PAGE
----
After the sixth concert of the SCMS's Summer Festival, a strange thing occurred on the 10:56 p.m. bus from 3rd and Union. There boarded a young Siegfried Kurt Cobain wannabe with long strands of blond locks entirely covering his face a-la-mop, he was tripping to the gods on what must have been angel dust. Sounds masquerading as words in the language of the blasted emanated from him; his every muscle moving in opposing directions seemingly directed by some crazed internal octopus. Out the window I spied a half moon battling against a bank of angry purple clouds trying to obliterate it. I swear I saw bats.
Back at my great friends’ place a lively late-night discussion ensued about the music we had just heard. We surprised each other; my friends Bill and Kathy were astonished that our opinions and feelings were almost identical, though as non-musicians they did not trust their instincts; and I realized that a barrier to a broader popular appeal of our art is the insecurity that the elite impose through cultural intimidation.
Pianist Inon Barnatan's pre-concert recital was a terrific Brahms Handel Variations. The theme and each variation were lovingly characterized and crafted, the fugue dispatched with a rousing burnished bluster. He painted in oils, in watercolors. He whispered, he bellowed, all with giusto and gusto. I’ll leave it to pedants to ask for a more probing realization. A wonderful performance.
At the close of the concert Mr. Barnatan was joined by violinist James Ehnes and Clive Goldsmith on cello for Schubert's B Flat Piano Trio. With so much that was superb, a disparity of approach between piano and strings was a distraction. Mr. Ehnes' Schubert was buoyant and Méthode Champenoise. Mr. Barnatan's Schubert was more of a Merlot. Not infrequently the pianist's intimacies were realized more clearly in smiling antics like a less mannered Lang Lang than in sound. Mr. Goldsmith was a worthy emissary with his deeply heartfelt singing though at times his voice was stifled in mediation between the two. In the recap of the Allegro moderato transcendence was reached by the group, beautiful in every way and dimension, their legato sumptuous. The second chapter of the Andante was warmed with genuine intimacy by the elegant phrasing of the two string players. In the Scherzo, the energies seemed to defuse, as the pianist became too uncomfortably self-absorbed to recognize his partners’ enthusiasms, and played with a rhythmic inflection more confusing than teasing. Despite Mr. Ehnes opening the concluding Rondo with vivacious delight, the pianist was clattery and uncommital. The dichotomy of presence to support was not apparent.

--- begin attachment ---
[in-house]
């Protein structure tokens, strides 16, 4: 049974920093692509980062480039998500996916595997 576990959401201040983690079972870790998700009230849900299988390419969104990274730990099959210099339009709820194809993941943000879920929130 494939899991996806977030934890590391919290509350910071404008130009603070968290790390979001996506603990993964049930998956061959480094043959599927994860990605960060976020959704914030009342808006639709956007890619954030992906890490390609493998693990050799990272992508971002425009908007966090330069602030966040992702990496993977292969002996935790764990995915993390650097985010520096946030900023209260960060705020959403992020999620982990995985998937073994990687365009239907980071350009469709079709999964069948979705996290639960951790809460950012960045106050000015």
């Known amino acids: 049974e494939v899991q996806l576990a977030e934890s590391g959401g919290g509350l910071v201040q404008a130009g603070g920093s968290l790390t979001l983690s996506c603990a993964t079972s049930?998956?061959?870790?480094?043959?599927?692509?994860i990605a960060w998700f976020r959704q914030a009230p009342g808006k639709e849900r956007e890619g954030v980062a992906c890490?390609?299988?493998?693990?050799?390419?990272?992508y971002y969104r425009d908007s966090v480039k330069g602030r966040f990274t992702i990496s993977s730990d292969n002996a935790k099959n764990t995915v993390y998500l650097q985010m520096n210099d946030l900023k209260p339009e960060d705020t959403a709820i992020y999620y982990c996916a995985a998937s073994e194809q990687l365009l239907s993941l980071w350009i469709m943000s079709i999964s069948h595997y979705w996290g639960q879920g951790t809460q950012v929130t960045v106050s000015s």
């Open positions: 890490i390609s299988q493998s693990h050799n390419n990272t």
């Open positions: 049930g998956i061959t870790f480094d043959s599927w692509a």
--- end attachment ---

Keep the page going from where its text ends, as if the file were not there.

Before the Schubert, Karen Gomyo played Prokofieff's 1st Violin Sonata in F Minor; at the piano was Alessio Bax. Mr. Bax can be a wonderful and fascinating artist, but tonight he did not choose to. Uninvolved and colorless, he was so remote as to be nearly disdainful. Ms. Gomyo was displayed at a great disadvantage as this sonata cannot work with a partner MIA. Perhaps she should have thrown a fit, and played like Janis Joplin. The violinist managed to project the requisite disturbing moods through the murk that was at times mush. The pizzicatos at the ends of the first and last movement were the most chilling I've ever heard, shaped like tendrils choking a flying rat, and here Mr. Bax answered her sublimely. Her wind in the last movement whistled, though her sound was a bit nasal in the Andante. In the Allegro brusco, she, a responsible and affable chamber musician, gamely tried to meet her colleague in the middle, but he dragged her down.
The evening’s concert opened with Mendelssohn's F Minor String Quartet, Op. 80. At times its lines seemed to be drawn with large and dull pencils, by an octopus angry it wasn’t a bat.
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